Microwaves turn wood waste to high-value carbon
We all know not to put metal in the microwave, but what happens if you put a potato in for 40 minutes?
It turns out it makes something of a black gold, and a Blenheim company has received almost $170,000 in backing to commercialise it.
"I think microwaves have been a largely overlooked idea," says Tim Langley of CarbonScape. "It's a technology that we almost all have in our homes, but as a commercial heat source for anything other than perhaps drying food we haven't really looked at it."
Blenheim-based company CarbonScape is using microwaves to turn wood waste from forestry into high-value carbon products in what it says is a world first.
The idea came to founder Chris Turney when he recalled what happened to a potato he tried to cook as a 12-year-old.
"He did it for 20 minutes and put it on for another 20, and he basically blew up the microwave, but he turned his potato into a pure block of charcoal," says Mr Langley.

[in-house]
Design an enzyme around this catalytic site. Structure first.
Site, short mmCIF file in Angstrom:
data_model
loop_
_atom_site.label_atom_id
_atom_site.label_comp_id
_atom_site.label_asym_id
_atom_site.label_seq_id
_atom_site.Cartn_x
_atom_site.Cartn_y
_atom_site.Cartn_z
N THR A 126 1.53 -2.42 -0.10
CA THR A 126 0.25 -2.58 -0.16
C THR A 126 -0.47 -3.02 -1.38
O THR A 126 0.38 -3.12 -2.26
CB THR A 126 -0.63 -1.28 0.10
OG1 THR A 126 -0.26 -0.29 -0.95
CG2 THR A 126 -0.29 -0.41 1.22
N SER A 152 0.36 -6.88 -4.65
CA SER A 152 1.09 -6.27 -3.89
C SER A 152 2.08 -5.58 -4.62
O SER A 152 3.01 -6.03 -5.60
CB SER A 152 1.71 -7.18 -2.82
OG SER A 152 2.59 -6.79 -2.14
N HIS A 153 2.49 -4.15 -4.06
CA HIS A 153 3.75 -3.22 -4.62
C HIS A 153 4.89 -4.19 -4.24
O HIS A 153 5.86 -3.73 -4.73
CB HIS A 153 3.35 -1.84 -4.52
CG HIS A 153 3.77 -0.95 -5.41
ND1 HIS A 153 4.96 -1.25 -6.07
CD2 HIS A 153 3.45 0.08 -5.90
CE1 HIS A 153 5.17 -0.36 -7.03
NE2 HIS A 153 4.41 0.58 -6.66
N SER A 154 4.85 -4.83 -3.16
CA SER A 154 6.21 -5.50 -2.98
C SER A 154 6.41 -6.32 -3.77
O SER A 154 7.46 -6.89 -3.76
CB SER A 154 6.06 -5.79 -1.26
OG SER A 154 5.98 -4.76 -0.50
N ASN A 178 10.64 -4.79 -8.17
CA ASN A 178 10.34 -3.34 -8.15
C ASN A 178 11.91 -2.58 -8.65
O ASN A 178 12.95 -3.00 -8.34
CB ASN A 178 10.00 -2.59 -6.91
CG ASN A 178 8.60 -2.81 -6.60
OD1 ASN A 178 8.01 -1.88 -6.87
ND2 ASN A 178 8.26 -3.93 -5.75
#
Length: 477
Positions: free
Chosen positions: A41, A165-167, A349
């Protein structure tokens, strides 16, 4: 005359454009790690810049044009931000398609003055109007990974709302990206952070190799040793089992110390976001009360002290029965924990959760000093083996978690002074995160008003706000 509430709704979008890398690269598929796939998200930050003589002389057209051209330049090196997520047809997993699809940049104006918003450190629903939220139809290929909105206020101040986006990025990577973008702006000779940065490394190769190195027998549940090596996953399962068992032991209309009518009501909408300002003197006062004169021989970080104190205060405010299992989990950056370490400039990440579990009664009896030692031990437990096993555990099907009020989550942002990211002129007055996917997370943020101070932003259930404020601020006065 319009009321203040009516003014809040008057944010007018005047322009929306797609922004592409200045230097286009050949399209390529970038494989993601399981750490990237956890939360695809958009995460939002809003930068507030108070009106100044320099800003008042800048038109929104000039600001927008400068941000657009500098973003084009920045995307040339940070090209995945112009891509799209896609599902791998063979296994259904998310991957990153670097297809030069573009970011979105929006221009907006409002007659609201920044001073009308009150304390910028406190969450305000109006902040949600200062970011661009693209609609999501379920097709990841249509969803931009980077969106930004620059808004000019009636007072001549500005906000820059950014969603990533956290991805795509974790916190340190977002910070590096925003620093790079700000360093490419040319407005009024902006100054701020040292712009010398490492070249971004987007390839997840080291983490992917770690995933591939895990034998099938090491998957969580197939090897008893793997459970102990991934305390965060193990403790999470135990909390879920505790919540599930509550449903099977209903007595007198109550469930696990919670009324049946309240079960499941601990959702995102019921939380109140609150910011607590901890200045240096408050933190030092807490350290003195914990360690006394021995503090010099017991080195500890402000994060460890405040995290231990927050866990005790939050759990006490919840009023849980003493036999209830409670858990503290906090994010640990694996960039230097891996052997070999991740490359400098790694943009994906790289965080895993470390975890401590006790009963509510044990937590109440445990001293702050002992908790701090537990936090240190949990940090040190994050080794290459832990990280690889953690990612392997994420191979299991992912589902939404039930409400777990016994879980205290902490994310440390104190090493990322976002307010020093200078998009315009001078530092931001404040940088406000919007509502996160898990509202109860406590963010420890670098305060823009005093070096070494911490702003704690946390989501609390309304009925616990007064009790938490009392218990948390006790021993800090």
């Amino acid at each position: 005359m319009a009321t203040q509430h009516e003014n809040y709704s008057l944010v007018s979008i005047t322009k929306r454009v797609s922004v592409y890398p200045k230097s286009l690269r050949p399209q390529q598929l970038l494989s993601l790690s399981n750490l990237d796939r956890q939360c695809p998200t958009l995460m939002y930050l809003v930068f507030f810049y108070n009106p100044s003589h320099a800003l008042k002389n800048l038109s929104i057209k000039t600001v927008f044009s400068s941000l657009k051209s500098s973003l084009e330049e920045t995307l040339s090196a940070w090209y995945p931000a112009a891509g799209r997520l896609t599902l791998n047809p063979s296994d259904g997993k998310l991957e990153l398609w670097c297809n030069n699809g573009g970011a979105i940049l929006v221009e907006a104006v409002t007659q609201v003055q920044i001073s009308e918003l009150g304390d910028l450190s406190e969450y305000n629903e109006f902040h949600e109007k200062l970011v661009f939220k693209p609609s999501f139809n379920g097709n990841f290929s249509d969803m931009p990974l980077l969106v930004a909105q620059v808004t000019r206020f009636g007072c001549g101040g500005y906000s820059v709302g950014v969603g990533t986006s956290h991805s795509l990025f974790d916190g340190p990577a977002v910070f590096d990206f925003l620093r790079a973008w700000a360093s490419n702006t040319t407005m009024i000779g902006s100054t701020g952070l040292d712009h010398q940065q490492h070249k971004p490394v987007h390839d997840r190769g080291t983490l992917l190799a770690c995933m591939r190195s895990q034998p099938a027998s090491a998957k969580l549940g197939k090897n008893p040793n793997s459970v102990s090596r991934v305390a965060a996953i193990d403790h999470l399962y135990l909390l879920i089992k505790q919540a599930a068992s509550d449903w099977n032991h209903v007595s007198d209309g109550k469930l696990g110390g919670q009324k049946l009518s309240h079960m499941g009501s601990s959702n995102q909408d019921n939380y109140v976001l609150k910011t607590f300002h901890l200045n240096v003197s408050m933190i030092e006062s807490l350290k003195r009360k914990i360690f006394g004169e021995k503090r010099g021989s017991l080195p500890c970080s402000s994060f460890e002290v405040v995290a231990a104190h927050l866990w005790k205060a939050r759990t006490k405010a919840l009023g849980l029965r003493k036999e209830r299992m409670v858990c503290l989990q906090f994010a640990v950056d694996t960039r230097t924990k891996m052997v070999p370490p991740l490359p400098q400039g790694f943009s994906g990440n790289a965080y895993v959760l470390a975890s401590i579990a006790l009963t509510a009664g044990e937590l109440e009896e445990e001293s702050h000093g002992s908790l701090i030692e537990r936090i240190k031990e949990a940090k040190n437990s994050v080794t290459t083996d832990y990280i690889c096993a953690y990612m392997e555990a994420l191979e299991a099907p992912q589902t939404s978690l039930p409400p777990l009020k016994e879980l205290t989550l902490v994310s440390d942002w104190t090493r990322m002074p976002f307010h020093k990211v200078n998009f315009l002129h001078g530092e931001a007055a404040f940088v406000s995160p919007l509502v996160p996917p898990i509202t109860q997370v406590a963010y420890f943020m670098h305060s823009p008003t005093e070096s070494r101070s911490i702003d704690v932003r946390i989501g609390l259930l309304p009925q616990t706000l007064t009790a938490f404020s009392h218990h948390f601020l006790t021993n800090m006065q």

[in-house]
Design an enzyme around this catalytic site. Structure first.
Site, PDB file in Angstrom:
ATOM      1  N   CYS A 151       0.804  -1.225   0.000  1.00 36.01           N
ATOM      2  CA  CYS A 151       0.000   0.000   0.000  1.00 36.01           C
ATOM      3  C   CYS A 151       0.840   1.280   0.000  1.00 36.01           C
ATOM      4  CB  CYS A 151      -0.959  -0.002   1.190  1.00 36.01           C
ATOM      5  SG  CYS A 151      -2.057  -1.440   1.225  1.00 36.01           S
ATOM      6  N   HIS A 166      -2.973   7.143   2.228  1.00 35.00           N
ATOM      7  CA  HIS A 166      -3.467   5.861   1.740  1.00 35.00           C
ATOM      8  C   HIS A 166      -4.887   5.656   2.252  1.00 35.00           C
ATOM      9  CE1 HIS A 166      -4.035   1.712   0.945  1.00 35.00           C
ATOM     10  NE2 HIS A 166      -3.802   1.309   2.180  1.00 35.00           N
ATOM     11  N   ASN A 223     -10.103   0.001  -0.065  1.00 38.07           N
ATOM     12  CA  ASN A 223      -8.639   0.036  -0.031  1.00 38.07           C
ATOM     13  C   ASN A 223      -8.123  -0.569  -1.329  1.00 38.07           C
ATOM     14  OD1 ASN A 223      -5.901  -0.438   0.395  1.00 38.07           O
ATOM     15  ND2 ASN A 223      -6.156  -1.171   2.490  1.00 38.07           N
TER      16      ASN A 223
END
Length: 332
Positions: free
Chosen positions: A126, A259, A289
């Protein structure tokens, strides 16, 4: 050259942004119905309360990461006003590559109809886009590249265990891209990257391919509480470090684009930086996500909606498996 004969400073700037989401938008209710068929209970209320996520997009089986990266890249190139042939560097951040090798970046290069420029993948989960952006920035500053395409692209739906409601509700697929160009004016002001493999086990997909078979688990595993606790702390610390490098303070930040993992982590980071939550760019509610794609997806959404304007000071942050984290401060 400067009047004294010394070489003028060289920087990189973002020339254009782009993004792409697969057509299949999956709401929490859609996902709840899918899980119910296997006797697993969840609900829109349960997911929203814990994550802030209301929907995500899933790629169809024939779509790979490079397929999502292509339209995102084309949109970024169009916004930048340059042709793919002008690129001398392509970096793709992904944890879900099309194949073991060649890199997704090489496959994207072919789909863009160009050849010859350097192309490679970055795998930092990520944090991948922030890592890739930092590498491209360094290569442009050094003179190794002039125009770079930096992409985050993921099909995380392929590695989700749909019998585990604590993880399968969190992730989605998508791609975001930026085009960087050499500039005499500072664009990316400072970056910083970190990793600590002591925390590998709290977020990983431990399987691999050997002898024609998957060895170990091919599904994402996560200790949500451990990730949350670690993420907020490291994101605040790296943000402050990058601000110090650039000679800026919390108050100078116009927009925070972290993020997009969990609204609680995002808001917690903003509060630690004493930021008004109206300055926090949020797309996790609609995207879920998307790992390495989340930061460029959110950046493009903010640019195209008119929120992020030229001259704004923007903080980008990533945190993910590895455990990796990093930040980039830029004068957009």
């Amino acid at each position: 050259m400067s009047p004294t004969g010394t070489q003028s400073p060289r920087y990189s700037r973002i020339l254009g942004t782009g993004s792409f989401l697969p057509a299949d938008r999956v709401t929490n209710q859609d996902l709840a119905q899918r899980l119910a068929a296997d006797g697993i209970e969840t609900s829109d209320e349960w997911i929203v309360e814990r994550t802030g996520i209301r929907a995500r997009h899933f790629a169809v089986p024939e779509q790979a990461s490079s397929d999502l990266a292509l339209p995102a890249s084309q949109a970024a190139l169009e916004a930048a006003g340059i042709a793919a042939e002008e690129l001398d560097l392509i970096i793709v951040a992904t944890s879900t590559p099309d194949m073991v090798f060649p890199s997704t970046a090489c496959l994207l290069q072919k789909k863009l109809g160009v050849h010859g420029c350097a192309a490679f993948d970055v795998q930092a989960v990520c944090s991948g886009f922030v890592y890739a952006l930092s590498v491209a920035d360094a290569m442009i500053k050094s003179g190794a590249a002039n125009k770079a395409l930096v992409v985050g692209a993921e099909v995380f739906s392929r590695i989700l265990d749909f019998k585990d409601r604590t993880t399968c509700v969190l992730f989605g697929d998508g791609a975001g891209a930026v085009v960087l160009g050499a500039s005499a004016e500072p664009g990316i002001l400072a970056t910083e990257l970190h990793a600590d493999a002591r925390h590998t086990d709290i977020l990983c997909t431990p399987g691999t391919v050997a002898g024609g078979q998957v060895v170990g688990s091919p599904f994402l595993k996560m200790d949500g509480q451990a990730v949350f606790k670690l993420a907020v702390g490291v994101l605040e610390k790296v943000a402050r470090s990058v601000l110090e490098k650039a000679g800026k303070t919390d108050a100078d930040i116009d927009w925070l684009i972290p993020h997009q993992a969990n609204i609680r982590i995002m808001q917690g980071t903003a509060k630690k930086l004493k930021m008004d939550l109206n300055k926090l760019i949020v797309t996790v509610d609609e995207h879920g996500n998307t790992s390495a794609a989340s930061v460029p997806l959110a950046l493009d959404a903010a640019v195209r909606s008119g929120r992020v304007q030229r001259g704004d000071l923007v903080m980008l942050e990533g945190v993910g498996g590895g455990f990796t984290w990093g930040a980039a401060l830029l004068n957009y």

CarbonScape is concentrating its efforts in producing coke, which is virtually pure carbon. Coke is used extensively in steel-making and CarbonScape has already signed a conditional agreement to supply New Zealand Steel.
The country's largest steel manufacturer says using the so-called green coke could help them reduce their carbon footprint because traditionally coke is made from carbon-rich coal that has been underground for millions of years. When it's used in steel making, carbon is released and that contributes to the greenhouse effect.
But CarbonScape's coke is made from wood that has absorbed carbon as a tree, so no new carbon is released, and that's better for the environment.
CarbonScape is seeking investment on a crowd-funding website and has ambitious plans.
But renewable energy experts say the real test will be whether it can scale up from the lab and be competitive commercially.
"Being able to make money out of it in this environment right now where you're competing with coal, without carbon taxes, that would be a pretty impressive move," says Canterbury lecturer Susan Krumdieck.
It's an impressive move CarbonScape hopes to pull off while revolutionising microwave technology along the way.
source: newshub archive